As for recent press reports of planes and boats traversing the Mediterranean? According to a source, those are deliberate decoys. According to my source, Abramovich was not really in Monte Carlo recently. Instead, my source claims the press was "paid" to say that he was. (I've found nothing to corroborate the claim.)
Think about this: If the late media magnate Robert Maxwell died with 400 bank accounts in 1991, imagine how much more complicated and numerous the accounts of the really rich are thirty years later. Especially when they’ve lived knowing that they could become targets at any second. (What often gets lost in the coverage of Ukraine is that Putin has not exactly been secret about his plans for Ukraine. He’s been talking about his intentions for years. The West, arguably, was either not taking him seriously or not paying attention, but that’s meat for another newsletter.)
My sources in ROG World suggest that, far from leading them to question the maneuverings of Putin, the sanctions have had the reverse effect on Putin allies. They’ve aligned behind him. “People don’t give a fuck about the sanctions,” one of the ROGs told me. “People don’t think Putin is bad; they are standing up for him actually… The idea of freezing assets of successful people loyal to their motherland just makes them feel more patriotic. I’m surprised how stupid people [in the West] are. The mood is amazing to people in Russia. They're very supportive for President Putin, very supportive. They are completely cool that we are not going to bend to stupid Europe to stop Western domination of our nation. They think that it's fantastic with the sanctions, that the price oil and gas goes up and then that the Saudi Crown Prince MBS does not pick up the phone to Joe Biden. It's like a joke. For two hours, MBS was talking to Putin, Russia. And yet he won’t speak to Biden.”
(A source close to the Saudi Crown prince tells me that recently Biden and Mohammed Bin Salman have finally spoken—but only after a frantic lobbying effort these past two weeks by the US, which had ignored MBS until now, unlike the previous administration—a topic you can read all about in my 2019 book, Kushner, Inc). At the time of going to press, the White House had not responded to my request for confirmation of this.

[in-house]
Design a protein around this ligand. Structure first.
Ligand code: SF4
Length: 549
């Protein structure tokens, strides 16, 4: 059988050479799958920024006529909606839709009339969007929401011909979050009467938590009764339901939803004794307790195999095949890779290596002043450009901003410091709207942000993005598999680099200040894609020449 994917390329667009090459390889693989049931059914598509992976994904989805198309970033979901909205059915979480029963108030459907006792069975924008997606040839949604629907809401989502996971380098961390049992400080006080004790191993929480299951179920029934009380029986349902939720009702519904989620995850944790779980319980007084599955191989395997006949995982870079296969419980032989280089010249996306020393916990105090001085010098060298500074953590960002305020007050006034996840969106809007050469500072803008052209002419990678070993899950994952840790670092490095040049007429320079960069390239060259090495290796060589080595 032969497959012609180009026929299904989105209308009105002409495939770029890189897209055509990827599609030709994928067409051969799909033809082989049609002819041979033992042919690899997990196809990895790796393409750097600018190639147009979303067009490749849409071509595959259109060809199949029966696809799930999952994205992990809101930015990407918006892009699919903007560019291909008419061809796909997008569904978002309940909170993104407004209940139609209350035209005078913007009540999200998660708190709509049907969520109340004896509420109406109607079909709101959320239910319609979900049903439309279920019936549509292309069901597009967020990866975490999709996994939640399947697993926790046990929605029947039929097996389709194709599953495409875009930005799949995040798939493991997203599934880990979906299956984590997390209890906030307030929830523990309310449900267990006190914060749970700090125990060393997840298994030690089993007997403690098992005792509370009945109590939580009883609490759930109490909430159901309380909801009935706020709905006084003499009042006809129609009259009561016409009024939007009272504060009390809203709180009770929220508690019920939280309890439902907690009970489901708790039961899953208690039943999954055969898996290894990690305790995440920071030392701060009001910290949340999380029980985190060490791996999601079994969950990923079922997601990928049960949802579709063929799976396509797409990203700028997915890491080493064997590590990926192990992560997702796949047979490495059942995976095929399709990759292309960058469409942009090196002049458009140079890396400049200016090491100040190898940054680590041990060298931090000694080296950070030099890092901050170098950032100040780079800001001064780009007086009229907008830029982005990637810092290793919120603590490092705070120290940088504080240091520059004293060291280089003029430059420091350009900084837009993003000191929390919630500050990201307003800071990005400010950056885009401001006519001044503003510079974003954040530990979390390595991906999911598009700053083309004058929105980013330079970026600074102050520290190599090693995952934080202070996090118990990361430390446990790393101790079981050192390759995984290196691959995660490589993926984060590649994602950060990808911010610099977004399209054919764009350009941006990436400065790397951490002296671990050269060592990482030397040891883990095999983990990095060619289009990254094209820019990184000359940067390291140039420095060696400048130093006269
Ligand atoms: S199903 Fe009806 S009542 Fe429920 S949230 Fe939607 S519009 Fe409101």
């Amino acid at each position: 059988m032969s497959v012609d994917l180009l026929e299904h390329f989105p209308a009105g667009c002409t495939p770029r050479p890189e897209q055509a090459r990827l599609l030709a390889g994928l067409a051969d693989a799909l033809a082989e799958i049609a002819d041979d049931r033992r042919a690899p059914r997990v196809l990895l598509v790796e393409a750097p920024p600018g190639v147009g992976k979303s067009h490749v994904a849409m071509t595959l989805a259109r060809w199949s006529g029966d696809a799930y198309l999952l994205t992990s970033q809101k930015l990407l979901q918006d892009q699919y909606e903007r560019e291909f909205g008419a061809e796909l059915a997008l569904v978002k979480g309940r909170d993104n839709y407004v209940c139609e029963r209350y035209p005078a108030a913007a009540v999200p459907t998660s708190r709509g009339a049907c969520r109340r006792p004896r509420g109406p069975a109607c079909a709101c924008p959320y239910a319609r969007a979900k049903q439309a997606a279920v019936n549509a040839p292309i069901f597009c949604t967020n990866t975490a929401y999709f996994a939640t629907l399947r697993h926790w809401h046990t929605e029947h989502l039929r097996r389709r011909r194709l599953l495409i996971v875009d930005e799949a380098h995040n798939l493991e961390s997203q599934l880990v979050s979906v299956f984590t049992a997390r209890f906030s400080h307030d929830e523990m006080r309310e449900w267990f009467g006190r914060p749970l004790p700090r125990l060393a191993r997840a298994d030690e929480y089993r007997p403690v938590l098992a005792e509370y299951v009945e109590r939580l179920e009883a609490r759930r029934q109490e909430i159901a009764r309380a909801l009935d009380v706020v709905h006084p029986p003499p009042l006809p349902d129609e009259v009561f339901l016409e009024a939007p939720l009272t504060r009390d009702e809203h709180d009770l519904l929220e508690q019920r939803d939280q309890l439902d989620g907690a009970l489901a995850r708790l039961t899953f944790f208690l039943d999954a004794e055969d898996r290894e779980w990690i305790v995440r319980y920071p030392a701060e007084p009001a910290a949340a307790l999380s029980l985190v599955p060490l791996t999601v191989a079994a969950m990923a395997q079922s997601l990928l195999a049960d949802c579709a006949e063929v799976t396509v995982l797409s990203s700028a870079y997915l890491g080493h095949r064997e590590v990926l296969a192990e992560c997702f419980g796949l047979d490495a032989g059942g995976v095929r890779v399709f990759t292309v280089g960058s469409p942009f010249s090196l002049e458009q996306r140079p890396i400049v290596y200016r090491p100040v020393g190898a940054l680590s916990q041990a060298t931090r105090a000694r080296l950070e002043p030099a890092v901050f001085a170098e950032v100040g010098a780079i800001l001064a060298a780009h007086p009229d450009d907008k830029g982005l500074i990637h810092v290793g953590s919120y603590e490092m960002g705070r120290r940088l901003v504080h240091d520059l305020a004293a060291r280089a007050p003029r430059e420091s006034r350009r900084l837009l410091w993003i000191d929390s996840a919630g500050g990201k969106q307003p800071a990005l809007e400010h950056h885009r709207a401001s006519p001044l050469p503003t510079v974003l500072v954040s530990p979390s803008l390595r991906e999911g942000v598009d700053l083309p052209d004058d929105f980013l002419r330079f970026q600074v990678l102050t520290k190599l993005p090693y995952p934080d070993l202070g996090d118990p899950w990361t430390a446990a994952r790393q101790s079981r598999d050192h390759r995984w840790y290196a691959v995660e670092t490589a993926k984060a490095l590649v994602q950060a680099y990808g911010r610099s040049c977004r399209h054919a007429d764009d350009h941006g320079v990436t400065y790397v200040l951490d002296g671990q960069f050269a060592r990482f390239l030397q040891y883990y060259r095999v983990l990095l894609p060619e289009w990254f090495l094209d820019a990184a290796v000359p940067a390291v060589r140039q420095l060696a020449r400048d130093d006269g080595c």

But given that, outside America, the three prime sources of oil other than Russia are Venezuela, Saudi Arabia, and Iran, we do need to negotiate with the Saudis. We know from a leak to the New York Times that the US has already been to see Nicolás Maduro in Venezuela (another topic to be discussed) and we also know that conversations are starting with the Iranians.
So, where does this leave the Russian oligarchs? “Poorer, but not exactly poor,” says a former consultant to one of them. But also possibly more dangerous. A former senior State Department official who I’ve known for years had this to say on the condition of anonymity: “If we're successful broadly with our sanctions, they're going to have a crushing impact on Russian people. Because they're the ones who are going to be denied credit cards. They're the ones who are going to have no ability to back accounts overseas. If they travel, they're the ones who aren't going to be able to buy any number of consumer goods. The West has highlighted the oligarchs because it wants them to be the face of the sanctions, but really, as you say, they are not so impacted. And if our purpose is to find a way to weaken Putin, sanctioning a whole group of people who support Putin will only fuse them to Putin. They know that their wealth and their standard in Russian society depends on Putin. So the sanctions on them are meaningful—but in absolutely the wrong way.”
Well, that’s something to chew on.